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8 Vegetables and Herbs You Can Regrow · Video


Here are 8 Vegetables and Herbs that you can regrow in your garden. Do you throw your garlic-bulbs out once they start to sprout? What about your potatoes when they get a little wrinkly? How about ginger-root that sits out on the counter too long?

You could be getting a lot more out of your produce than you may realize! Many popular edibles can be regrown from the scraps you're likely throwing-out.

Basil
Basil is easy propagate; simply take some healthy, fresh, 4-inch cuttings from a young basil plant and leave just two sets of leaves at the top of each cutting, and remove the remaining leaves and then submerge the cuttings in a few inches of clean-water. It may take several weeks for new roots to form; once they have, plant in a small pot on your windowsill, or in your garden. 

Mint
Mint is another herb worth growing from cuttings; much like basil you'll want cuttings about 4 to 5 inches in length. Begin by removing lower leaves and place cuttings in clean-water. Once roots develop transfer to a container filled with potting-soil. 

Green Onions and Scallions[b]
Buy green onions once and then grow them from the scraps on a windowsill. Begin by placing the root leftover from the green-onions in a couple of inches of water; in just a few days you'll notice roots form, but also the leaves will start to grow. Continue to harvest while in water, or plant in a container of potting-soil.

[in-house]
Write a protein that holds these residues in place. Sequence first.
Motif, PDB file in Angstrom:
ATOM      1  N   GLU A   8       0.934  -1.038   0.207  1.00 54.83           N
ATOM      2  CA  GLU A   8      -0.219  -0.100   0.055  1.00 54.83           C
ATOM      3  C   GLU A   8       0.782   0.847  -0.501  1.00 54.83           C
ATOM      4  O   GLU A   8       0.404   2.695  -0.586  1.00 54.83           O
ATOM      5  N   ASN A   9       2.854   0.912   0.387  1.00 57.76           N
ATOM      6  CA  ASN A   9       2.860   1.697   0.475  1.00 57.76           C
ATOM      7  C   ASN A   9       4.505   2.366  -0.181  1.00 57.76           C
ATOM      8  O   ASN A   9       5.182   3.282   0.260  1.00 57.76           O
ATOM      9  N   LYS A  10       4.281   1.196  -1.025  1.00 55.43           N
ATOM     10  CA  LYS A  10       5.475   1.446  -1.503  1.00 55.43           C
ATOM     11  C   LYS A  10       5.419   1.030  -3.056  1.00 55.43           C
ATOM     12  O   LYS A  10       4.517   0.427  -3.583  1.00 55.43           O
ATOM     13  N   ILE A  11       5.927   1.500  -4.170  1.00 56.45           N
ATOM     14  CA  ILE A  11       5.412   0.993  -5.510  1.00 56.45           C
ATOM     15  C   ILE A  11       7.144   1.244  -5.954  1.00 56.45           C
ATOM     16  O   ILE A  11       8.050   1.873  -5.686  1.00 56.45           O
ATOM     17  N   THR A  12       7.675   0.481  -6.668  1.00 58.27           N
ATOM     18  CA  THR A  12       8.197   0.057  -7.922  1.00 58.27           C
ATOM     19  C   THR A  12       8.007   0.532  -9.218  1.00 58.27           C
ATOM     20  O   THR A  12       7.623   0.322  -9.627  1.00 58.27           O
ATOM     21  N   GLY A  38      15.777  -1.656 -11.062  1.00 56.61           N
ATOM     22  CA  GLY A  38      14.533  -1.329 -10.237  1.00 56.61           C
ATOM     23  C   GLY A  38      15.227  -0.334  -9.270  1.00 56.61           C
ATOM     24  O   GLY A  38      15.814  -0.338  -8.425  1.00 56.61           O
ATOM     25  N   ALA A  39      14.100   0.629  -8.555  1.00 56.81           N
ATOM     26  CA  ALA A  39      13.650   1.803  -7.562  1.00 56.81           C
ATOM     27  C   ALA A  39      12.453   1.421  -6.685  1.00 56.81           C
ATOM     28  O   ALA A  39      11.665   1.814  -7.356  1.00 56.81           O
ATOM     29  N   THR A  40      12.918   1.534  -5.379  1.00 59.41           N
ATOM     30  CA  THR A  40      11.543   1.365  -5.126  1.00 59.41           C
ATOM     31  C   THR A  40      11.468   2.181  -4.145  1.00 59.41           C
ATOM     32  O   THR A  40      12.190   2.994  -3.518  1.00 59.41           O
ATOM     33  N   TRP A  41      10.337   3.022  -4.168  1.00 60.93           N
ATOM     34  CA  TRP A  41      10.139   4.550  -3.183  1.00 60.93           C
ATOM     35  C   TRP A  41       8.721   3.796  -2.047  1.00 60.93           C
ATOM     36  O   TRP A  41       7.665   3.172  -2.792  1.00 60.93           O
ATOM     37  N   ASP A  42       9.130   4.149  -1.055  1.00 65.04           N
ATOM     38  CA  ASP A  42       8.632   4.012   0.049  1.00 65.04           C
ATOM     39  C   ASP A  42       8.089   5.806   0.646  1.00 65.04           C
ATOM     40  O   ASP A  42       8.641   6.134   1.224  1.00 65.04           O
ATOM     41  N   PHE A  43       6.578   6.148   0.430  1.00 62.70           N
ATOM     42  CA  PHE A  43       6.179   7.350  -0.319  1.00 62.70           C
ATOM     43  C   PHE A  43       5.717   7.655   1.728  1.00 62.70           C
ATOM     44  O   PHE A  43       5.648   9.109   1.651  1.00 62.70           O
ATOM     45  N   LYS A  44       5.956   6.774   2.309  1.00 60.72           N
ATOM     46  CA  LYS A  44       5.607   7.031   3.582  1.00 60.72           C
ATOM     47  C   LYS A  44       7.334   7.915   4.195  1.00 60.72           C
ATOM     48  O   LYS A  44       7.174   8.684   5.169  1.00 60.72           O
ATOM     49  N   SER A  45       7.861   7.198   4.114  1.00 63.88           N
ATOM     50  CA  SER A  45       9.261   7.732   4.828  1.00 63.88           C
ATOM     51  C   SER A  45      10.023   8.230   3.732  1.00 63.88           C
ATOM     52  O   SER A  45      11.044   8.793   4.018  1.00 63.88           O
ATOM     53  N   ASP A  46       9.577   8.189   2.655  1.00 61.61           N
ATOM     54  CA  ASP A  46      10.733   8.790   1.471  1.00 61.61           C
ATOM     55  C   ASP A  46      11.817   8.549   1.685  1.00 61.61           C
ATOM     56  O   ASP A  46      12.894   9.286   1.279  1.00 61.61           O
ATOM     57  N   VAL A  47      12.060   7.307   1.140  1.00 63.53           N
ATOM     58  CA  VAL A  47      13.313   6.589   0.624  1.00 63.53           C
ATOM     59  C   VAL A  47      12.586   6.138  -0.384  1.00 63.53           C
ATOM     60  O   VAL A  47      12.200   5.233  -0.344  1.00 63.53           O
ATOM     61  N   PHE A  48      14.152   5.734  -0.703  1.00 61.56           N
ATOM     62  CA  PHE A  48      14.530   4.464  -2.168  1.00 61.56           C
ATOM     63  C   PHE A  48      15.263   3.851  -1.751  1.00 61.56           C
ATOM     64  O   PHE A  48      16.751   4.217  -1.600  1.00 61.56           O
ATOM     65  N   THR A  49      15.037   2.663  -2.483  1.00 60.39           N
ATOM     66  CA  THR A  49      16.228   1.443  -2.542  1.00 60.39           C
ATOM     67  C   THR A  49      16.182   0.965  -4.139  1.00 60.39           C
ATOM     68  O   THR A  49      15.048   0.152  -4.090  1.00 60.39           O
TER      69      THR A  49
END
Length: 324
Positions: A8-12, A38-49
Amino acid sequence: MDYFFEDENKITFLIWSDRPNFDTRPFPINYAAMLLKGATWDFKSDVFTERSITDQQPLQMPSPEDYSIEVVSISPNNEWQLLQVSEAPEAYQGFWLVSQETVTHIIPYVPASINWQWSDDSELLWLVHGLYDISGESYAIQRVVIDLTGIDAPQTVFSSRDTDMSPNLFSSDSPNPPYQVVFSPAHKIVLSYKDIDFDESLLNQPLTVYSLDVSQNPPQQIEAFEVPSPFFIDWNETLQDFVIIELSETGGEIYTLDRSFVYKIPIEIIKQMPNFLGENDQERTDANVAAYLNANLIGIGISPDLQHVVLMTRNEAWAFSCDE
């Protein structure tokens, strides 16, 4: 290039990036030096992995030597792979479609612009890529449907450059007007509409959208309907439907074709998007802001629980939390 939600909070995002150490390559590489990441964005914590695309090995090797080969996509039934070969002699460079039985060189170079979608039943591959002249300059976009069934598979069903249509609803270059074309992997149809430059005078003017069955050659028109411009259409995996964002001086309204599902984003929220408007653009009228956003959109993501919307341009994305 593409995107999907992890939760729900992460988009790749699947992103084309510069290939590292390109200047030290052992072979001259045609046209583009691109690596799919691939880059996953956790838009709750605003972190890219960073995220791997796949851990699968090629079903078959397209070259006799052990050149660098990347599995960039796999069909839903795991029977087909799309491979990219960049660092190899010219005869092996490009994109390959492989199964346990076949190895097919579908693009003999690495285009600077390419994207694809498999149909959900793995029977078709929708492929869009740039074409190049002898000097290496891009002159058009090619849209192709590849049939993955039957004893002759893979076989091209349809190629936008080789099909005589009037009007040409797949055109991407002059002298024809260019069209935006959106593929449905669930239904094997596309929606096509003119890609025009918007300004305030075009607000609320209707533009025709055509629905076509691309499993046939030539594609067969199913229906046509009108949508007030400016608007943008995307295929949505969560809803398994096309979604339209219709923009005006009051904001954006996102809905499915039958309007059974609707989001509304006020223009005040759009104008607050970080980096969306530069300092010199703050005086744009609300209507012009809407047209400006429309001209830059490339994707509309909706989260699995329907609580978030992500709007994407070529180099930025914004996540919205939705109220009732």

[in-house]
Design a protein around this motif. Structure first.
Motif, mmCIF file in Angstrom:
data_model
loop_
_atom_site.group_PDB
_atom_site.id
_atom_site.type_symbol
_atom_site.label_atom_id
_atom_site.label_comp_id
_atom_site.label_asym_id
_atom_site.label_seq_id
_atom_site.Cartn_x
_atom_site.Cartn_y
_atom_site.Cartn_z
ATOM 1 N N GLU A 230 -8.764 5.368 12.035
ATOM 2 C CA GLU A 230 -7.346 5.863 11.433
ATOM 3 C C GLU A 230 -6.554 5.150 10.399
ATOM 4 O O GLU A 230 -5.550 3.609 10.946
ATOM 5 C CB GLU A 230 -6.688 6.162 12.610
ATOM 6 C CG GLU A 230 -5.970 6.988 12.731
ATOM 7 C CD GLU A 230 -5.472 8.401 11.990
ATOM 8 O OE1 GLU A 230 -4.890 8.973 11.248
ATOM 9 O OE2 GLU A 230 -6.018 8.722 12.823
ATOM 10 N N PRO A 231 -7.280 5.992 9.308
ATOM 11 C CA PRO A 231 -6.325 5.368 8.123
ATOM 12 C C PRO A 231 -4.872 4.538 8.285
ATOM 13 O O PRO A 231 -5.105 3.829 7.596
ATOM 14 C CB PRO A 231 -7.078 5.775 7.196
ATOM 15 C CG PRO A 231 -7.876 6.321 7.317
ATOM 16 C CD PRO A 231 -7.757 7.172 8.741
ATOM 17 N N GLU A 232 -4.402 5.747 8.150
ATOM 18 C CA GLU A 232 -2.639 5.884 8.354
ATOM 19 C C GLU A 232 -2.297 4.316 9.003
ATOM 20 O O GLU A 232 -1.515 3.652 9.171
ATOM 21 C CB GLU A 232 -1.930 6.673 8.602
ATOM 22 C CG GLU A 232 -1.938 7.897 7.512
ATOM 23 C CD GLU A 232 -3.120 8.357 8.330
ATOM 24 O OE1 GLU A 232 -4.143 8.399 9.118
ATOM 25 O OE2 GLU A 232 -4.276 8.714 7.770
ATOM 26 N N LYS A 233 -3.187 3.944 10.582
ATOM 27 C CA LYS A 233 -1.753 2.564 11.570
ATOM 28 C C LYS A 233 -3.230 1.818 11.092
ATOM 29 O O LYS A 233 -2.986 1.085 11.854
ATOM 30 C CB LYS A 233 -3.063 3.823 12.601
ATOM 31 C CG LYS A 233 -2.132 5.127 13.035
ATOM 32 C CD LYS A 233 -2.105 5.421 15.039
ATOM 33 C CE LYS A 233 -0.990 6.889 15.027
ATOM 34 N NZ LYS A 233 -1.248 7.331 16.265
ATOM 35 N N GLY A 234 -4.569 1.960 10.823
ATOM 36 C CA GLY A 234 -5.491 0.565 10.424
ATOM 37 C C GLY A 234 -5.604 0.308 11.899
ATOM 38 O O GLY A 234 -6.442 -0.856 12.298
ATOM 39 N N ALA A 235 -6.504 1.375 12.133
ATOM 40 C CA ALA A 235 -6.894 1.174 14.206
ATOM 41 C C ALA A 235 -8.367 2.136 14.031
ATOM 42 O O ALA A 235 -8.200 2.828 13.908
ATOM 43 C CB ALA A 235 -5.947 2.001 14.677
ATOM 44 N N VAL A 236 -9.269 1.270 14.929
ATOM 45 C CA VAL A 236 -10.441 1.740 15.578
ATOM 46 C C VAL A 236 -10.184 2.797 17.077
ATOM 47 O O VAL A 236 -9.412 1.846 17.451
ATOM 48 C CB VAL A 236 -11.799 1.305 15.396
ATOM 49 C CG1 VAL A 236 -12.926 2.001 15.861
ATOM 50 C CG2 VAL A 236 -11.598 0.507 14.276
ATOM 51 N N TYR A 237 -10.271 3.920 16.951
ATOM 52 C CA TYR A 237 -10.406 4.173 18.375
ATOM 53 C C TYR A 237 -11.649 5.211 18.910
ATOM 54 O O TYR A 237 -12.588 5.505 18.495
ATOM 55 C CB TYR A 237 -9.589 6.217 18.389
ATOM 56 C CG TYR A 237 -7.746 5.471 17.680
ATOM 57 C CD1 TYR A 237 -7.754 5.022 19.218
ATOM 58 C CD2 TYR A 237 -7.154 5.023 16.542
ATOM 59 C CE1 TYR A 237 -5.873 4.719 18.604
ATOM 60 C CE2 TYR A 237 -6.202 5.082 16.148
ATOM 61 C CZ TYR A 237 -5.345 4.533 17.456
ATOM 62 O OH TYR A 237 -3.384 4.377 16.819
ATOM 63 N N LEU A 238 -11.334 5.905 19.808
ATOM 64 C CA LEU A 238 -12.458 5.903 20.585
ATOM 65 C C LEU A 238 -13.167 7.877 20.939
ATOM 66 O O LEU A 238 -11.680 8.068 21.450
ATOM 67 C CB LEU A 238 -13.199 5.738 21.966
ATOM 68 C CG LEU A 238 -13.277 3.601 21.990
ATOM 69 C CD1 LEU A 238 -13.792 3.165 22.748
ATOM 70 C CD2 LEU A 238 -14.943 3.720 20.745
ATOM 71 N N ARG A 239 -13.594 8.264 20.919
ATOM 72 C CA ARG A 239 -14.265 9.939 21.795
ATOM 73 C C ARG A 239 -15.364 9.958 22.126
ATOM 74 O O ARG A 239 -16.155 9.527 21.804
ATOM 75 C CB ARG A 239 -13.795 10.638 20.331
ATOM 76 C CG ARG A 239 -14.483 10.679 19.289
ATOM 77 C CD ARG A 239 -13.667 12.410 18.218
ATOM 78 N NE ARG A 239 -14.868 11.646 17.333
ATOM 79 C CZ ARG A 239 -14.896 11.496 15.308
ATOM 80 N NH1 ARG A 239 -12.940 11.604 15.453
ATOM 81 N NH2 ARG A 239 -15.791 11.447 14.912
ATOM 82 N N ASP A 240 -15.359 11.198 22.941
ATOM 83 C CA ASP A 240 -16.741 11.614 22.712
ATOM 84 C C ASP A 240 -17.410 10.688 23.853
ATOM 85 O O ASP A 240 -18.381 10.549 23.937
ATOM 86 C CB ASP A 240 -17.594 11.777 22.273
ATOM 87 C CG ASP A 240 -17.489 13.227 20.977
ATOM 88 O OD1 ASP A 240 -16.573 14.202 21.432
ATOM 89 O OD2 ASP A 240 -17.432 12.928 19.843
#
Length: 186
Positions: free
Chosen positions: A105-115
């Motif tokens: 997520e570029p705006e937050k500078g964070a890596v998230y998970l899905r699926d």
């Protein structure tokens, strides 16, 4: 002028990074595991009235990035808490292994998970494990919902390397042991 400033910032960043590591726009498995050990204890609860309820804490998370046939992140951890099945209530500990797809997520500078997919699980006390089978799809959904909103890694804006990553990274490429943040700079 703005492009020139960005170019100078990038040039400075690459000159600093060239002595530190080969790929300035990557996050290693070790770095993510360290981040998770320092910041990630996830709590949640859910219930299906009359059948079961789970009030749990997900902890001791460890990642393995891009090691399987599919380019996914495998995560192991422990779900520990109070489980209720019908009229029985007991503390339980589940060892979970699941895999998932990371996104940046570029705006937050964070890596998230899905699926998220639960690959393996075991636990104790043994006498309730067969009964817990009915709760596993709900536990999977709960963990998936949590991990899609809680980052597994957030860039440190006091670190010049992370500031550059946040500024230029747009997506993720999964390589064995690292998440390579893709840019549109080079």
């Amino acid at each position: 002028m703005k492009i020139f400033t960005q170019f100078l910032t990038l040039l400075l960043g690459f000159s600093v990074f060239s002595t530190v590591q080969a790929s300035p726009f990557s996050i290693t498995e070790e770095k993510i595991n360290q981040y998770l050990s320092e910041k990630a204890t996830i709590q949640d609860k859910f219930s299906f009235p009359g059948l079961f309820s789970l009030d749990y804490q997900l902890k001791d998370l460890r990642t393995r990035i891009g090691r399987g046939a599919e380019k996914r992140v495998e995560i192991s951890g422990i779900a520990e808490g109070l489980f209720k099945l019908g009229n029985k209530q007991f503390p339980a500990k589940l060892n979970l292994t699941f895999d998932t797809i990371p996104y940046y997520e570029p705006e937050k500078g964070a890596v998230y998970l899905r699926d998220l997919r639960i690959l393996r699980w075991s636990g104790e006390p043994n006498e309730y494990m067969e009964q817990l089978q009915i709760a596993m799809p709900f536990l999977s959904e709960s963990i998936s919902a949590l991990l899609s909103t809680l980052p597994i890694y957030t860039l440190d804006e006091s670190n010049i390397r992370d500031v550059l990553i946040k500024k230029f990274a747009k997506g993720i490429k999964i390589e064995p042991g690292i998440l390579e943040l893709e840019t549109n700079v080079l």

[b]Ginger Root

Have you ever bought ginger-root and noticed any little buds forming? Plant them and you'll have fresh ginger to harvest! Soak the roots overnight to encourage growth, and then you can transfer to a container filled with potting-soil. Ginger doesn't like standing-water, so make sure your container has drainage-holes.

Garlic
When your garlic-cloves start to sprout, plant them! Garlic is one of the easiest plants to regrow; one clove, planted in the garden (in either early-fall or late winter, depending on your area) can multiply into a bulb of multiple-cloves.

Celery
Celery follows like most of the others; once you use the celery-stalks, save the end that's leftover. Place the celery ends, root side down, in clean water for around a week; then transfer the celery to rich, well-draining soil and watch it really start to take-off.

Lettuce
Buy a fresh head of lettuce, make a salad, and place the base in a couple of inches of water; within a week it will begin to regrow!

Sweet Potatoes
If you love sweet potatoes then you should consider growing them yourself! Submerge half of a sweet-potato in a glass of water that's been placed on a sunny windowsill. Wait for the sprouts to form and reach 4-inches; once roots form and begin to grow a little, plant out in the garden.
Posted on August 3rd, 2017
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Uploaded By: Natural Ways
Source: YouTube
Upload Date: June 21st, 2017 at 05:24:42 am
Upload Tags: Vegetables, Herbs, regrow vegetables, garden, how to regrow vegetables from scraps, how to grow vegetables from scraps, regrow veggies, regrow vegetables from stump, vegetable scraps, how to grow herbs indoors, how to grow vegetables indoors, how to grow vegetables at home, grow vegetables from cuttings, grow basil from cuttings, grow mint from cutting, grow lettuce in water, grow ginger at home, garlic, grow celery indoors, gardening, natural ways

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